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Bloody savings?

The genocide that disappeared. Has not Øyvind Østerud read the article he cites?


[half picture] Siv Jensen gave a big, verbal hug to Professor Øyvind Østerud after his article "Little land as a humanitarian superpower?" in the latest issue of New Norwegian Journal. Østerud writes about Norwegian commitment policy: aid and peacebuilding.

Not everything, but a lot has gone wrong, says Østerud. He wants more "critical spotlight" and countermeasures. The conclusion is more controversial. "The emphasis on effort targets, like the magical 1 percent of GDP, is certainly harmful," he writes.

It is good that Østerud puts a critical spotlight on the commitment policy. Researchers should not place ties on their critical judgments based on who might embrace the results. Researchers, on the other hand, must be thorough, verifiable and endure the same critical assessments that they subject others to.

When Østerud was first to account for Norway's role in the world, he should include trade. If the good wishes of poor countries are real, how can Norway continue to organize agricultural subsidies to legitimize the US and EU agricultural dumping which is pushing down prices on world markets and destroying the world's poor? At the same time, Siv Jensen escapes incredibly cheaply at NRK's ​​Viggo Johansen when she claims that free trade is the same as fair trade. Here, sharper, critical searchlights are needed.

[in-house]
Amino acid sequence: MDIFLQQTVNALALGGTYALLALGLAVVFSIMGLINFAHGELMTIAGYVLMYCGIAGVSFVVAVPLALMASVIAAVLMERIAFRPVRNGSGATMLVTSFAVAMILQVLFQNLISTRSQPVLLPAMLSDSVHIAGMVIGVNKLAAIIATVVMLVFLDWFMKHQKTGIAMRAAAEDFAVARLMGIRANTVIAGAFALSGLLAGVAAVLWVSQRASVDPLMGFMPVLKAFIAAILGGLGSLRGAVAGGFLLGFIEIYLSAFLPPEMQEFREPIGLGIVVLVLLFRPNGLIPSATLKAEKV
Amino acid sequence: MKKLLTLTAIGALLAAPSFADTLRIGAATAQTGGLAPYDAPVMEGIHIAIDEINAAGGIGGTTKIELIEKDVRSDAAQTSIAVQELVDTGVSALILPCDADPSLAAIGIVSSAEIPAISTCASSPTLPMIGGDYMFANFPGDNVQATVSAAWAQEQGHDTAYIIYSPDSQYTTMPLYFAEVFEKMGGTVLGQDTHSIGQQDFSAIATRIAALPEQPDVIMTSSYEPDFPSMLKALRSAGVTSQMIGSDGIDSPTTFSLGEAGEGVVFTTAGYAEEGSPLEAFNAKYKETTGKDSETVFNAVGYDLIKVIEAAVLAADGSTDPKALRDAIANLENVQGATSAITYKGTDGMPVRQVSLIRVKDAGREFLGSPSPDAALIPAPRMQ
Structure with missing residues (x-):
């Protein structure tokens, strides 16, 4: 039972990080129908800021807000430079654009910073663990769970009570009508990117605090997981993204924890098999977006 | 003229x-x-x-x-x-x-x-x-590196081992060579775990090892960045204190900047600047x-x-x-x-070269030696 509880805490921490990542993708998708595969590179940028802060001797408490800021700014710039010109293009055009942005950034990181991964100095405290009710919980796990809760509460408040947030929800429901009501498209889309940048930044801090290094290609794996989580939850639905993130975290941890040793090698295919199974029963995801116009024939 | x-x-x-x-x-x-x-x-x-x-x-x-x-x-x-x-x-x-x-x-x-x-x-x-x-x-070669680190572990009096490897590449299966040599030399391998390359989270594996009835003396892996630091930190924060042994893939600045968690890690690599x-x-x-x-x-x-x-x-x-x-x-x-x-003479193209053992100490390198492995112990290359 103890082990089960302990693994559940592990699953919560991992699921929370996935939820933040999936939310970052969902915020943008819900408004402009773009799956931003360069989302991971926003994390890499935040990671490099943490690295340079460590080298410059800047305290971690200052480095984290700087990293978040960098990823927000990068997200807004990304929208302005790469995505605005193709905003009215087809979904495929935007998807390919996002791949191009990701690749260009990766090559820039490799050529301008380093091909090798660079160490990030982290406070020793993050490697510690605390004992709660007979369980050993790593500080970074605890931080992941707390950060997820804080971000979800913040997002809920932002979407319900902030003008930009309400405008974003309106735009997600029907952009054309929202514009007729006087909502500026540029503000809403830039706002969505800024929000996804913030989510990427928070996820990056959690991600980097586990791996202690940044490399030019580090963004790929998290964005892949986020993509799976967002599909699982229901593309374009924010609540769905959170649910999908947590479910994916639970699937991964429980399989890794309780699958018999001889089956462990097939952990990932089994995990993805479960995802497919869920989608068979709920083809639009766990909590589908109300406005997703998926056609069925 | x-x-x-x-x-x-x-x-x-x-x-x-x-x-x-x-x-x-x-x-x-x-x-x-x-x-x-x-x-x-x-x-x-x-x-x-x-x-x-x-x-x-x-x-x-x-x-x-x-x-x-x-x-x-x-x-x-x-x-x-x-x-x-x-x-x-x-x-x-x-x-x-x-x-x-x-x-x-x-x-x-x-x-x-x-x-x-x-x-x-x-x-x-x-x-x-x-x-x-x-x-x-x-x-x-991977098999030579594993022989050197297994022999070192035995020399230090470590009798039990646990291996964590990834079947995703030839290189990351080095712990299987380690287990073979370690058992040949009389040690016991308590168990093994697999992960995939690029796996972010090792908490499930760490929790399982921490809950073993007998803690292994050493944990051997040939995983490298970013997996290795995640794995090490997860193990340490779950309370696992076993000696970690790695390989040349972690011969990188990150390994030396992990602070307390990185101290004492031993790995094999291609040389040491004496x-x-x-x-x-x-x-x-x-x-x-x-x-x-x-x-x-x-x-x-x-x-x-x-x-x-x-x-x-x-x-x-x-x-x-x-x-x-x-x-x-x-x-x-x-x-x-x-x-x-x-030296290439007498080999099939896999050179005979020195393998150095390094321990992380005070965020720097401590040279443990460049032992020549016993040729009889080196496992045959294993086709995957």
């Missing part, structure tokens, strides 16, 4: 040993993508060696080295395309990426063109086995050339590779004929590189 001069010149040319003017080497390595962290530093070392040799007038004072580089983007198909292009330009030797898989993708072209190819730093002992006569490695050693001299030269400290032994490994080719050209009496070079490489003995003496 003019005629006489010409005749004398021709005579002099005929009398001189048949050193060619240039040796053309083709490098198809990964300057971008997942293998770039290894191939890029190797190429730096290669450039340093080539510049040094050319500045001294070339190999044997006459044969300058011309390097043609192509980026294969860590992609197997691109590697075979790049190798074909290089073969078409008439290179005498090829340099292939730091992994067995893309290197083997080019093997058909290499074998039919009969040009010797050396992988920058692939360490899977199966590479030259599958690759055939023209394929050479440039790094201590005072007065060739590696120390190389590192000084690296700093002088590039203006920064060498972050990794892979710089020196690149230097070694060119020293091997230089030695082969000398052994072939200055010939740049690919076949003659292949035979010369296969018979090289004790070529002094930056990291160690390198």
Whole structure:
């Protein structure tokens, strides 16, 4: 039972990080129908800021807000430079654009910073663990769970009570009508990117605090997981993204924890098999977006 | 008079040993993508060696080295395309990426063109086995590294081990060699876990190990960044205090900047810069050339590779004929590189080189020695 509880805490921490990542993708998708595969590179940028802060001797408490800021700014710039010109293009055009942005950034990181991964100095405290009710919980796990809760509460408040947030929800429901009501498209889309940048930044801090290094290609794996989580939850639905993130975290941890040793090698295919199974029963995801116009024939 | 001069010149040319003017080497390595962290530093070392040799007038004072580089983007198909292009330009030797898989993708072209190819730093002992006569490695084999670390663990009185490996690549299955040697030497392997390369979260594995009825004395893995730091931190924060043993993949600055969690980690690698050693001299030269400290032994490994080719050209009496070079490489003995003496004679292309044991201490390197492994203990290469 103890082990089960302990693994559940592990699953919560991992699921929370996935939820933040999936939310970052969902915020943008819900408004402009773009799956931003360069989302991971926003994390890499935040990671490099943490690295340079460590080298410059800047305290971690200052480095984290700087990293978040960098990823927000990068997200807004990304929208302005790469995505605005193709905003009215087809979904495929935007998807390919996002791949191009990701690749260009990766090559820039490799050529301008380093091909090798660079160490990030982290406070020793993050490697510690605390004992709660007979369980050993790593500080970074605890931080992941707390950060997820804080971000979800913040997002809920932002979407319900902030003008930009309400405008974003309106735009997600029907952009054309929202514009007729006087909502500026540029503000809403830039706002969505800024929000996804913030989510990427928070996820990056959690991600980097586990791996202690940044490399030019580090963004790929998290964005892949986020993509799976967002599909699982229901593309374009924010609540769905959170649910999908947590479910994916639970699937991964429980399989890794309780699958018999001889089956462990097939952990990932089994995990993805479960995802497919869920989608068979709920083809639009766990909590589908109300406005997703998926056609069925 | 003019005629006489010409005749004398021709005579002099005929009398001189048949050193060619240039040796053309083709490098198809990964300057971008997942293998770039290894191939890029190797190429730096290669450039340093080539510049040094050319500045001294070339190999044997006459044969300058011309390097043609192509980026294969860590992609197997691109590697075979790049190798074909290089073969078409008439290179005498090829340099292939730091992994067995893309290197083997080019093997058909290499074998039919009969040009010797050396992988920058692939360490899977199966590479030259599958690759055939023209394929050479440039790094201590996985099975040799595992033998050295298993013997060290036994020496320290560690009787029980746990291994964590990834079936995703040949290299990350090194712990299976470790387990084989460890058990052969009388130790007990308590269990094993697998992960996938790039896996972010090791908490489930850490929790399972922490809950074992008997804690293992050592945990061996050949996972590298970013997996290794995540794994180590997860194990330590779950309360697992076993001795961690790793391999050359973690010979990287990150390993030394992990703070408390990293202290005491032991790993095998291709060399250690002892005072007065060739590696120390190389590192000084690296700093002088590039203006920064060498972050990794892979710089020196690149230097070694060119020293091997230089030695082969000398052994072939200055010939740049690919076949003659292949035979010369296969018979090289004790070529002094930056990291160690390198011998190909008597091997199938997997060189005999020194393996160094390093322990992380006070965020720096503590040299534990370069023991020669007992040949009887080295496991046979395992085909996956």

Despite the fact that Østerud does not include trading in the accounts, he still bites too much. Østerud writes that "although the contexts are complicated, several studies suggest that lasting peace after the civil war occurs more often when one party has won the war than when brokers get a deal", citing an article by Roy Licklider, among others.

Does this mean that wars should be finished? Does this mean that the effort for peace mediation can be equally halved, which Siv Jensen took to Østerud for income? During a debate when this issue of New Norwegian Journal was launched, Foreign Minister Lars Christie pointed out that Østerud has failed to refer any important points to Licklider.

At first glance, the implications seem obvious, writes Licklider – if you want an end to an "identity-based civil war", you should promote a military victory, preferably by supporting the strongest side. But this is not easy to accept, he writes and continues: Outsiders will not necessarily see justice only in the winning side. As in the former Yugoslavia today, many believe that supporting winners can mean the same as opposing justice, Licklider believes.

He also writes: While military victories are less likely to collapse than negotiated solutions in such wars, military victories are also more likely to be followed by genocide. This does not mention Østerud! Nor did Viggo Johansen address this when Siv Jensen interpreted Østerud as income for his cut proposals. ■

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